HDFC Bank saw an increment in bad loans in the first quarter because of which the stock got hammered down. However, most experts continue to call the stock a safe bet among the private sector banks.
Despite HDFC Bank reporting first quarter earnings in line with market expectations, a slight rise in gross and non-performing assets resulted in severe pounding of the stock. Terming the treatment of stocks as temporary, most experts continue to call it a safe bet among private sector banks.
India's second largest private sector HDFC Bank reported 30 percent year-on-year rise in April-June net profit at Rs 1,844 crore, aided by a spike in the other income and robust loan growth. However, stock corrected 3 percent immediately after the earning announcement. It revealed a marginal rise of 10 basis points in the bank's net non-performing asset ratio, which stood at 0.30 percent as against a static level 0.20 percent recorded for last so many quarters.
"NII and profit were bang in line…but I think asset quality disappointed," Rajiv Mehta of IIFL told CNBC-TV18.
The bank's net interest income (NII) or the difference between interests earned and paid out, increased 21 percent Y-o-Y to around Rs 4,420 crore. Experts agreed that disappointment on asset quality could be one quarter aberration, and the stock would continue to be the best bet among banking stocks.
"It is one of the safer havens amongst the banking stocks, so we continue to retain buy rating. At Rs 650, it is a buy," Mehta stressed.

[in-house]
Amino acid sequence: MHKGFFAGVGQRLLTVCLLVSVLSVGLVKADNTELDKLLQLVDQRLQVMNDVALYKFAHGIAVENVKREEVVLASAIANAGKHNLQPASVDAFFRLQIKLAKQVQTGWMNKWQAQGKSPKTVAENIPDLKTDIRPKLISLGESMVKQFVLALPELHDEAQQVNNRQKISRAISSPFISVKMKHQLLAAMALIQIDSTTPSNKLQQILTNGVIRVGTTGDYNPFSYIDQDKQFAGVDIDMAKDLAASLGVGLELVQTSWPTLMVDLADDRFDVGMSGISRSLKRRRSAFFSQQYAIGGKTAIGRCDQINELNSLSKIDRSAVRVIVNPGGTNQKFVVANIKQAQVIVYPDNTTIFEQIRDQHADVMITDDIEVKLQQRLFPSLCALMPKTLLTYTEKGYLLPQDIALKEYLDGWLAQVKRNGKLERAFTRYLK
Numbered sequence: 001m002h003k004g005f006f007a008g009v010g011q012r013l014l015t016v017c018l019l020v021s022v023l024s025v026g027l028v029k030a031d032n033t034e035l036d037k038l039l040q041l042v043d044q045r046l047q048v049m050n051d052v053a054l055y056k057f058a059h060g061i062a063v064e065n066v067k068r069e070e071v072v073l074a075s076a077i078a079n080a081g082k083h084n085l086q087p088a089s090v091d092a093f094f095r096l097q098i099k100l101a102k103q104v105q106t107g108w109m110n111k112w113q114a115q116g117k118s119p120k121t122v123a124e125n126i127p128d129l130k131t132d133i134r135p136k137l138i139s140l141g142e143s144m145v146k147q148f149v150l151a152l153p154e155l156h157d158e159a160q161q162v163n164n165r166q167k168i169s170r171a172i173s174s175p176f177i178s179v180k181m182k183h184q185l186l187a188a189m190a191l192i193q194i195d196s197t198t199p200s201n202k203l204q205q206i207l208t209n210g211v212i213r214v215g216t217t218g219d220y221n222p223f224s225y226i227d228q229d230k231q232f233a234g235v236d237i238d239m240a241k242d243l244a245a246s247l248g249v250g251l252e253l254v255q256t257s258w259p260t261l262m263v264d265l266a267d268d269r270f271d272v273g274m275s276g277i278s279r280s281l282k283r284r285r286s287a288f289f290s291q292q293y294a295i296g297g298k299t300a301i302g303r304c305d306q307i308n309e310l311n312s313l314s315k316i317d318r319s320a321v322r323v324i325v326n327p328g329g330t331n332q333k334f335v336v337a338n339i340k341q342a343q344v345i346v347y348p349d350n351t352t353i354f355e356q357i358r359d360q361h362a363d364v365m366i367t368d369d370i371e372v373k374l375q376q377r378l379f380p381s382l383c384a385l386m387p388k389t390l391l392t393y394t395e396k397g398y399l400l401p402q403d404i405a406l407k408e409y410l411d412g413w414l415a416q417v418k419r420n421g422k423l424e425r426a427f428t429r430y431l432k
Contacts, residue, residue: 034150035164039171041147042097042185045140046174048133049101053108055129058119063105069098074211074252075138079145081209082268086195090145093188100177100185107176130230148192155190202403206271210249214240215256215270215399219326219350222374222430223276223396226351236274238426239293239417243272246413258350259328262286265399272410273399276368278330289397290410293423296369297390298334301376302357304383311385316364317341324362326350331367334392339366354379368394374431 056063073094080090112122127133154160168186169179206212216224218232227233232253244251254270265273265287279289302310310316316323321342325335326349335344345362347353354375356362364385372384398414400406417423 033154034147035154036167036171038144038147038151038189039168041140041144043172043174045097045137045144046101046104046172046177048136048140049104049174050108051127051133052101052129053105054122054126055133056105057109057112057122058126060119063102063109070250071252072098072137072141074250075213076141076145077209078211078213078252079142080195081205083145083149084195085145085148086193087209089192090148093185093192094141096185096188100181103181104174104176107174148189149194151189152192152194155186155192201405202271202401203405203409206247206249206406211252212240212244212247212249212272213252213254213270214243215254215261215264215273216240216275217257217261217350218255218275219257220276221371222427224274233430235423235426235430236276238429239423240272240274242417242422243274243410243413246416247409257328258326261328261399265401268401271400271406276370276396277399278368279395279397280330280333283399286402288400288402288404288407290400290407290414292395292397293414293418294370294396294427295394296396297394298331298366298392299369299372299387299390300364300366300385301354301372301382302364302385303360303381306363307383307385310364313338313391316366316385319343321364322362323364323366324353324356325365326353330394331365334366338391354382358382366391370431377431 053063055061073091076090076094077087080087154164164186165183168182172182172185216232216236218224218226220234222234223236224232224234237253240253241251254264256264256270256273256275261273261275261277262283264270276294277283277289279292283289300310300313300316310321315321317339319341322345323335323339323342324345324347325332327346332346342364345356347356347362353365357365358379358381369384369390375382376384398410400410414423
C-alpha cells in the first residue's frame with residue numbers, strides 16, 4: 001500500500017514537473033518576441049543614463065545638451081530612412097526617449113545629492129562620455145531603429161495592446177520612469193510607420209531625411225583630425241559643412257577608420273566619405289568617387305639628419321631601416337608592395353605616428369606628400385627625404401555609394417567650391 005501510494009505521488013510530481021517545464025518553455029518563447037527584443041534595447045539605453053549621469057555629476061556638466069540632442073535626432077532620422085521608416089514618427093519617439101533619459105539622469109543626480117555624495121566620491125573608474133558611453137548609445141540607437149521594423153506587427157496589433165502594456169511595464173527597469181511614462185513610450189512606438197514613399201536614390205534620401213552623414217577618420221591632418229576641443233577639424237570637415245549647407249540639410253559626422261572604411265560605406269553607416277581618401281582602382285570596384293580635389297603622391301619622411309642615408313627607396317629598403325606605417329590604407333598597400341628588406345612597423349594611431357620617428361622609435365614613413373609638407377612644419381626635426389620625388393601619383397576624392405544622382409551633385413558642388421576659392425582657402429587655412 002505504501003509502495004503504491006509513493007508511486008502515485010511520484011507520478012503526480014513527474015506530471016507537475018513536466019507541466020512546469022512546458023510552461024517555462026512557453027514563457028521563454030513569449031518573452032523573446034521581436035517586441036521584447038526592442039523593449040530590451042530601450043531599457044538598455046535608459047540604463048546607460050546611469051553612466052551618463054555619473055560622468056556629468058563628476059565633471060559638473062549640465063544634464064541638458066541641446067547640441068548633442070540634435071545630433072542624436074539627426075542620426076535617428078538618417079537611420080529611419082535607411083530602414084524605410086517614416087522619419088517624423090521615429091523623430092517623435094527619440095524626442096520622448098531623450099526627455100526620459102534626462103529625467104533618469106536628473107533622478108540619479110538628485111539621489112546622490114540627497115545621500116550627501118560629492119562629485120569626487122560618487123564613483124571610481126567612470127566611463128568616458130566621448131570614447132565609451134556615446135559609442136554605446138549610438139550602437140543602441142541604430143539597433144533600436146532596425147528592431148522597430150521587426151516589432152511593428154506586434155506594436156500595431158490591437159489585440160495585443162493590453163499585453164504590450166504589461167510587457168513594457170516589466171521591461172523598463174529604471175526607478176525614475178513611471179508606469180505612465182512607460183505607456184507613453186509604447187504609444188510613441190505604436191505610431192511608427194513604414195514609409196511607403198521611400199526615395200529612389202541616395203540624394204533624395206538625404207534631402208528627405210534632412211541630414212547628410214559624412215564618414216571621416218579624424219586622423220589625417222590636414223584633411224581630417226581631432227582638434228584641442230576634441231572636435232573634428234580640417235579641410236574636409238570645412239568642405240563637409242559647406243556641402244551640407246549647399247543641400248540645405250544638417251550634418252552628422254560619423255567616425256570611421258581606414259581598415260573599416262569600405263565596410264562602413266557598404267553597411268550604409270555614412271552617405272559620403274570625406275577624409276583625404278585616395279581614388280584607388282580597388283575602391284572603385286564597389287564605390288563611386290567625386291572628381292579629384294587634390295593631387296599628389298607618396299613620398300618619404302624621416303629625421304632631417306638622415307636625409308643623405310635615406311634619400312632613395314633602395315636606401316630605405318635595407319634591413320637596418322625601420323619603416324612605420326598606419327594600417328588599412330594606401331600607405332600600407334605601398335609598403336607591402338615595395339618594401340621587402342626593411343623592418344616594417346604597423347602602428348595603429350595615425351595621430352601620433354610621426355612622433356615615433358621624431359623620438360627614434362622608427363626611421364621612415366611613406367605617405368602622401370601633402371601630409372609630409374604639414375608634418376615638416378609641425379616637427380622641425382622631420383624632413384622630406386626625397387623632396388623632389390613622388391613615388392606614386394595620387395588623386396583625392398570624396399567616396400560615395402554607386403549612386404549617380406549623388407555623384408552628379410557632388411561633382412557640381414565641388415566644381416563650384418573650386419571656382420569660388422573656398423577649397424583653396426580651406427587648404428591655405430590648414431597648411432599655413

Vaibhav Agrawal of Angel Broking also agreed that HDFC Bank is a defensive bet.
"From a fair value point of view we do see about 12-13 percent upside, but it could very well overshoot that fair value as well in the near-term; with the kind of outlook for the rest of the sector," Agrawal said. He remains cautious on the banking sector especially after liquidity tightening measures of Reserve Bank in last two days.
Going forward, Mehta expects HDFC Bank's margins to come under pressure slightly due to higher cost of funds. "Cyclically, in the near-term higher cost of funds could impact margins by 10-20 bps, but it should not be a negative surprise as such," Mehta added. The bank has been able to manage margins across interest rate cycles pretty well historically. Net interest margin in the first quarter remained steadfast at 4.6 percent.
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